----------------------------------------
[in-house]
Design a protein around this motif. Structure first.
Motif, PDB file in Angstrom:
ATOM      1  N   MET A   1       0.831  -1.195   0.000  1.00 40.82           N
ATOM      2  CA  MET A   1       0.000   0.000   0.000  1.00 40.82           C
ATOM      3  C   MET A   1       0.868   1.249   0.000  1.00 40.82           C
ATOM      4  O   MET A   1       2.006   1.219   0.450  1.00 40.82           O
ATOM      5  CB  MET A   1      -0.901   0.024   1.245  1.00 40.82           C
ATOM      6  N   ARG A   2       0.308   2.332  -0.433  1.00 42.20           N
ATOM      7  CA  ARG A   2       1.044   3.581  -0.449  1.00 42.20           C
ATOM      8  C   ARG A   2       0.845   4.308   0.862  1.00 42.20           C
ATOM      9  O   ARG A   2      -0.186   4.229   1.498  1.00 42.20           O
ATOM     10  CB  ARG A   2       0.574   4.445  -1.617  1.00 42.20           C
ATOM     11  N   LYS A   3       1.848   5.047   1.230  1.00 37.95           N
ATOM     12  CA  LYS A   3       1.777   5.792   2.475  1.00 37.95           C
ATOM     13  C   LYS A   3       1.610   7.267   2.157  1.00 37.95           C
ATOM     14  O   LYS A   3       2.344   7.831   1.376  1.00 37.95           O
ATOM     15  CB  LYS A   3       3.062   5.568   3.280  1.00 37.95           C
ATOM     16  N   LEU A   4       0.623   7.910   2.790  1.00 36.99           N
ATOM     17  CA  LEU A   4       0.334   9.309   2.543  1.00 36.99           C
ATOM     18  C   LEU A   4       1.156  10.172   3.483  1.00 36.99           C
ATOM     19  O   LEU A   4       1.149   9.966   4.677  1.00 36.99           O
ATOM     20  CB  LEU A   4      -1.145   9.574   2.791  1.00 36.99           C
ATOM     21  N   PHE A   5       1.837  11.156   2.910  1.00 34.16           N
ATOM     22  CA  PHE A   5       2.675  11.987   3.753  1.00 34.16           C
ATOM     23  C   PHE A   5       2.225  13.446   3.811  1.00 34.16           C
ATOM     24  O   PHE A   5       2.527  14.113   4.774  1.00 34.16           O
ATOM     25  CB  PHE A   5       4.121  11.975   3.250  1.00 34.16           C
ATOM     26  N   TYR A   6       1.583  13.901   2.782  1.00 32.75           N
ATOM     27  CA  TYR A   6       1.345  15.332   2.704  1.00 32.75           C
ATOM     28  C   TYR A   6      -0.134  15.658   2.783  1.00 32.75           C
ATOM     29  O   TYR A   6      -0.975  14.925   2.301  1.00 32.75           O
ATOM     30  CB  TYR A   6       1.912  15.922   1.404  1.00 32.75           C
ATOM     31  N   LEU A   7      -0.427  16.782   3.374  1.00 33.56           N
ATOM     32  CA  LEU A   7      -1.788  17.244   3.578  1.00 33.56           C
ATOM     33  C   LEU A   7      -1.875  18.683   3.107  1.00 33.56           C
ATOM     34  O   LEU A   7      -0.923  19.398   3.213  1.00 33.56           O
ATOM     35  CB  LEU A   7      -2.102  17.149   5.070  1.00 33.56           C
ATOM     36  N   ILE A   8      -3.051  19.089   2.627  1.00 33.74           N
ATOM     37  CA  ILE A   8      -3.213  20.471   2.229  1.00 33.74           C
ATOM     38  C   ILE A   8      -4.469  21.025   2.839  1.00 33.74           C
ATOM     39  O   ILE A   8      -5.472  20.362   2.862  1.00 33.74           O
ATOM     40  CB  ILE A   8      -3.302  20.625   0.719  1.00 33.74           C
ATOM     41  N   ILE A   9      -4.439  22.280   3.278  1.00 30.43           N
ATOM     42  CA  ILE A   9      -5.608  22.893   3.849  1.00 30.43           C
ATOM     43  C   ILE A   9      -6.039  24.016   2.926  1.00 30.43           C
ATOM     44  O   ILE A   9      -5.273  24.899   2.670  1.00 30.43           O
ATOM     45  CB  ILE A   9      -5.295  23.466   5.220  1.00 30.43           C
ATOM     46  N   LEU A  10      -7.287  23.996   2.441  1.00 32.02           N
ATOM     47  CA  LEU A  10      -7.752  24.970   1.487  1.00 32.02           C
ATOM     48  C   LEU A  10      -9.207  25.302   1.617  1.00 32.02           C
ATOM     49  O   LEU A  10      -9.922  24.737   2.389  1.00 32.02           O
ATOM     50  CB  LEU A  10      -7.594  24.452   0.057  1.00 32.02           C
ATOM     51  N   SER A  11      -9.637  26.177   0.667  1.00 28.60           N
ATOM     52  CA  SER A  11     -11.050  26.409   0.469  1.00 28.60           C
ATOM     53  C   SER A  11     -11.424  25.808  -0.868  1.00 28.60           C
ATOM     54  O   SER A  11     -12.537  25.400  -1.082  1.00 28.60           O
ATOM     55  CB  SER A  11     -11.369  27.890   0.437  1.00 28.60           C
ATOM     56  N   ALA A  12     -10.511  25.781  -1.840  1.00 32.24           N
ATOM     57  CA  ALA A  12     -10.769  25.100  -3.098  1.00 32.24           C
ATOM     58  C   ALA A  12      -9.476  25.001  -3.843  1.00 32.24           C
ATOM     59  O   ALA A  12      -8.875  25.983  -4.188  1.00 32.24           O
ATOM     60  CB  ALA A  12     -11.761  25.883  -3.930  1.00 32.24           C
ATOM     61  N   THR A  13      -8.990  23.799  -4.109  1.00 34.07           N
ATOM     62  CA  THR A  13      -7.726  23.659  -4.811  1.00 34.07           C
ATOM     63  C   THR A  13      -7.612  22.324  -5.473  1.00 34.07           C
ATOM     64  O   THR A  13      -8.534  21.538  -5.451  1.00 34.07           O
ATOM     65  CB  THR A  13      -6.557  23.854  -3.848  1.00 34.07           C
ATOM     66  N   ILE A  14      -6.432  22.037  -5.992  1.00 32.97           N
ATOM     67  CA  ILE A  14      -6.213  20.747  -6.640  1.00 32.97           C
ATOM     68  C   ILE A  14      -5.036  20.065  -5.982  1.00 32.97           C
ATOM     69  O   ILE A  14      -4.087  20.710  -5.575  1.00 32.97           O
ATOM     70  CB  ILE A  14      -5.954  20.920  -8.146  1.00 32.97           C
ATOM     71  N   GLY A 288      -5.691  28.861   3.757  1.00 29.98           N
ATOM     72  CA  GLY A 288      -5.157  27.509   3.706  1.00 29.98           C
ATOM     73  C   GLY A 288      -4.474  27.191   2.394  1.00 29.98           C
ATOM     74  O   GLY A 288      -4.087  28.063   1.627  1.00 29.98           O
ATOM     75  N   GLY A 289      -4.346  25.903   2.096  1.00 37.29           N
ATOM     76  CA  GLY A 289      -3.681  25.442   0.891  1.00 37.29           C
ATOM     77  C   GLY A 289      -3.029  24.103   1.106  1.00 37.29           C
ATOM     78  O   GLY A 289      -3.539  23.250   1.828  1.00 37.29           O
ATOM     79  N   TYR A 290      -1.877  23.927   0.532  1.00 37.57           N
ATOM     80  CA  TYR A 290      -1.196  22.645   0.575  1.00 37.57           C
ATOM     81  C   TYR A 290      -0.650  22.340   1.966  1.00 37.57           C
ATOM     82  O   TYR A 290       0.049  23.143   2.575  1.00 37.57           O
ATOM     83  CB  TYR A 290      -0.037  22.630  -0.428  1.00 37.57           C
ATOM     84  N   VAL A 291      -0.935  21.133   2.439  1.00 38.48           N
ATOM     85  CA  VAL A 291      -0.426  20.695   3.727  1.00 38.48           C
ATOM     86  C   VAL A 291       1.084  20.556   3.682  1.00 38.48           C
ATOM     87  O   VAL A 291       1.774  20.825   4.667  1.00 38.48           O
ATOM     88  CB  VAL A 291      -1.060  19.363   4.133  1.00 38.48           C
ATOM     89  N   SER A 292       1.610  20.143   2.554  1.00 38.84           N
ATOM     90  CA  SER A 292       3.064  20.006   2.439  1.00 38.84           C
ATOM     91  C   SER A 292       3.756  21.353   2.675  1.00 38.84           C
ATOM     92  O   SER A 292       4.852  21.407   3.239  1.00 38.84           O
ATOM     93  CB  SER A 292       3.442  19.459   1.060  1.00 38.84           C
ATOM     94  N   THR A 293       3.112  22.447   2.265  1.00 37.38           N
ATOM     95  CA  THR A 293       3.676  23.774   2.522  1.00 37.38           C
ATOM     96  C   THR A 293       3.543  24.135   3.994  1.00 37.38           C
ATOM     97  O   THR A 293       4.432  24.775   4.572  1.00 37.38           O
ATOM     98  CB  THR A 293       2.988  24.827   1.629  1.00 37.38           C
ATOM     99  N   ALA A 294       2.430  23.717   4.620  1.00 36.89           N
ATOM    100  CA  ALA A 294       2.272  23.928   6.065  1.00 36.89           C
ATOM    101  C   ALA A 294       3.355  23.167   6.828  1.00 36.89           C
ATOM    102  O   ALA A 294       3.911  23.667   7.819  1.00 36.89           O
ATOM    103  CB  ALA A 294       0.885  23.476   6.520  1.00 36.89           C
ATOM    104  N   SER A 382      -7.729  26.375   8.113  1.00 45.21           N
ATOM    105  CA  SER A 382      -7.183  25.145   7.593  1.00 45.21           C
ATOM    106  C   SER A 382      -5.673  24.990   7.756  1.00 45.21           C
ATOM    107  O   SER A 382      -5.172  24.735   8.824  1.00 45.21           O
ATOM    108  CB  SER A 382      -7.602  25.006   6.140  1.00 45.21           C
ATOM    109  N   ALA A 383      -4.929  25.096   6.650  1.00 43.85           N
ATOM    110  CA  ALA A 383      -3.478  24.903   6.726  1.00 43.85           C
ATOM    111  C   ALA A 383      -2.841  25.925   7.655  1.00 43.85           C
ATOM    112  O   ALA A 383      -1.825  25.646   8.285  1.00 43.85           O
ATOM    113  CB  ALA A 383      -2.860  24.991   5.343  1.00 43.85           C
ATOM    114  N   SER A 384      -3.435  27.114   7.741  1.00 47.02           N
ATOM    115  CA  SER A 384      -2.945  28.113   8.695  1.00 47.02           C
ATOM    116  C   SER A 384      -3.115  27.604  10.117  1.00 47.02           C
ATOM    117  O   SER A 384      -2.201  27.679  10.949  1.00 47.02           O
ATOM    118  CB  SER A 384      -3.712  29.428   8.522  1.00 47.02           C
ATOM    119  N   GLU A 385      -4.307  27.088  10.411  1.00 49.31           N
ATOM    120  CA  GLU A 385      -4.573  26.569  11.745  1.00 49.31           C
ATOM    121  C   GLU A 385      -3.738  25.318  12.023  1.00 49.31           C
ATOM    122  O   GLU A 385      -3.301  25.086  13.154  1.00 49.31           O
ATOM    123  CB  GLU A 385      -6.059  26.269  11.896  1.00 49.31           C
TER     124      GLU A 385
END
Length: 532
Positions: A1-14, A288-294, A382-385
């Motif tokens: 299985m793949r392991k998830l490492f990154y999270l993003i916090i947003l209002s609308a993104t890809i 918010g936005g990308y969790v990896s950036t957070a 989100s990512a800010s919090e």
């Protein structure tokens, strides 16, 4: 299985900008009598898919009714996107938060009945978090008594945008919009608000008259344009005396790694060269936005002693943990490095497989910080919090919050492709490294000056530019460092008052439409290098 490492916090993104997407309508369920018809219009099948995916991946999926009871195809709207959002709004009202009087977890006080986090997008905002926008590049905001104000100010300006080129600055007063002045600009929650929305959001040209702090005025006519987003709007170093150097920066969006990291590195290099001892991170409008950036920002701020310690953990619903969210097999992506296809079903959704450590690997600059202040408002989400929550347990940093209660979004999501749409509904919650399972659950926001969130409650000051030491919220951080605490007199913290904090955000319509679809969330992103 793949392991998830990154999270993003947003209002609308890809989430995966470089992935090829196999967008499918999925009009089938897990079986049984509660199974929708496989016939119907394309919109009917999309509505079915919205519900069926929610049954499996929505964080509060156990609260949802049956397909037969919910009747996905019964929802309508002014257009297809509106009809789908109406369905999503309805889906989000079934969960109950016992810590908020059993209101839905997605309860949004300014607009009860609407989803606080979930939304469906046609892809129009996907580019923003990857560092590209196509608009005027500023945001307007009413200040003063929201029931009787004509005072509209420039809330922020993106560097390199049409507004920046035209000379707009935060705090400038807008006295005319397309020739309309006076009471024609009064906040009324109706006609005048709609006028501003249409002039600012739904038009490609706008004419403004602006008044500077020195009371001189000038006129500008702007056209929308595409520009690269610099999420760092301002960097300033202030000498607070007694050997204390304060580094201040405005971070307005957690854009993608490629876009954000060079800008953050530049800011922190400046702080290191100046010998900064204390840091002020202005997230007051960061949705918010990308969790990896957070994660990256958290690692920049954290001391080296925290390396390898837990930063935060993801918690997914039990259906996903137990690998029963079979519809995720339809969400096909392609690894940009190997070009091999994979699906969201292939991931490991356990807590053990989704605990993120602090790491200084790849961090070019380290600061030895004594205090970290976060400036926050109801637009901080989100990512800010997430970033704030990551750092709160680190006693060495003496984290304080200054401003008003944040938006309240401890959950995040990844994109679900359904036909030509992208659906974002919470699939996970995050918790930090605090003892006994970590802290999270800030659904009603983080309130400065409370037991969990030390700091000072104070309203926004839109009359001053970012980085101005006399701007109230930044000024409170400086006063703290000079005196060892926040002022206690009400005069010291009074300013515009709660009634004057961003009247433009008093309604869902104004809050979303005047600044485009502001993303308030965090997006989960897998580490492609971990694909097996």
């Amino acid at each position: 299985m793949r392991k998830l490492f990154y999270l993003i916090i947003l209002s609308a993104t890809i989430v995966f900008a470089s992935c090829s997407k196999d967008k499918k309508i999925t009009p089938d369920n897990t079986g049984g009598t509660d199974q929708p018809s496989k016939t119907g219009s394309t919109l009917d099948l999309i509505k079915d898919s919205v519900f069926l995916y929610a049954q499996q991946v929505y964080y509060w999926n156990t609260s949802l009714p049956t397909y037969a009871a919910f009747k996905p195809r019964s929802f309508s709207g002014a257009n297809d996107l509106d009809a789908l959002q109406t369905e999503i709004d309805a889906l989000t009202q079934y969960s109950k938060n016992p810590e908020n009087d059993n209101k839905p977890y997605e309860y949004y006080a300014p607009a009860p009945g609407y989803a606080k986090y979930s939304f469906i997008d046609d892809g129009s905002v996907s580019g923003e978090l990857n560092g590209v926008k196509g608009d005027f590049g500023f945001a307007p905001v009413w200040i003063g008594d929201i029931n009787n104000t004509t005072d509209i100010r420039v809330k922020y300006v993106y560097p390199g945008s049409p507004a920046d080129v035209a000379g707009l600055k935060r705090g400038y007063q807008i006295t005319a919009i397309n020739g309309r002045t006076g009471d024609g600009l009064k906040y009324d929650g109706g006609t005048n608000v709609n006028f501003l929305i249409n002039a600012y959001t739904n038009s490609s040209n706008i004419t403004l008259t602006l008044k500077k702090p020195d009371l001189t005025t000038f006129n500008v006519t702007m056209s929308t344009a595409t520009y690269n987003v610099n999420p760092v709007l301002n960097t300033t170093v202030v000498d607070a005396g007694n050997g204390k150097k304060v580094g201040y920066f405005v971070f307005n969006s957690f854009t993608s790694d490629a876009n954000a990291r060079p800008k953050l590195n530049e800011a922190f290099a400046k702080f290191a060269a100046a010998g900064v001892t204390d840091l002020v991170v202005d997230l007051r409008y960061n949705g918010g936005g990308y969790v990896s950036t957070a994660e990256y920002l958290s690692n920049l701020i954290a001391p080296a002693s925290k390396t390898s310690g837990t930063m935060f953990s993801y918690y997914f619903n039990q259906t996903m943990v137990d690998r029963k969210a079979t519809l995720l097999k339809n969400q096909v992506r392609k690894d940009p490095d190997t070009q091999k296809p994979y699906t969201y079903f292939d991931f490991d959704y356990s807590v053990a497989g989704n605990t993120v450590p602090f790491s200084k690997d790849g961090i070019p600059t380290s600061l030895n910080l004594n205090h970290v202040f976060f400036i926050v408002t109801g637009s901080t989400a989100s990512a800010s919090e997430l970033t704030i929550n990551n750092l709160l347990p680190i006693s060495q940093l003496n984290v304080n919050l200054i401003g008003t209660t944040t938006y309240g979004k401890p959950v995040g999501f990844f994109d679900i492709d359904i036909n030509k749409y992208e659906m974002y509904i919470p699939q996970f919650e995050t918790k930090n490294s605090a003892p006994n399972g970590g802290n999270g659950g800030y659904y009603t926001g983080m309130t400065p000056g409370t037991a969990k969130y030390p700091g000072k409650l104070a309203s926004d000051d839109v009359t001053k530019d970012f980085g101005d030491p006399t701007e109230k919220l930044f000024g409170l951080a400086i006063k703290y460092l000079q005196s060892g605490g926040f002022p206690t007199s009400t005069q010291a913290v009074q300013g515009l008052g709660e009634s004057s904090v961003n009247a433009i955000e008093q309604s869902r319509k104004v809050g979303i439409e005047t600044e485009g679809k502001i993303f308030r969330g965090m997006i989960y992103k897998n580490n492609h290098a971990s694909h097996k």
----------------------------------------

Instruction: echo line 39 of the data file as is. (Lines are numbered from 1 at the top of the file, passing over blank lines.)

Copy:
ATOM     36  N   ILE A   8      -3.051  19.089   2.627  1.00 33.74           N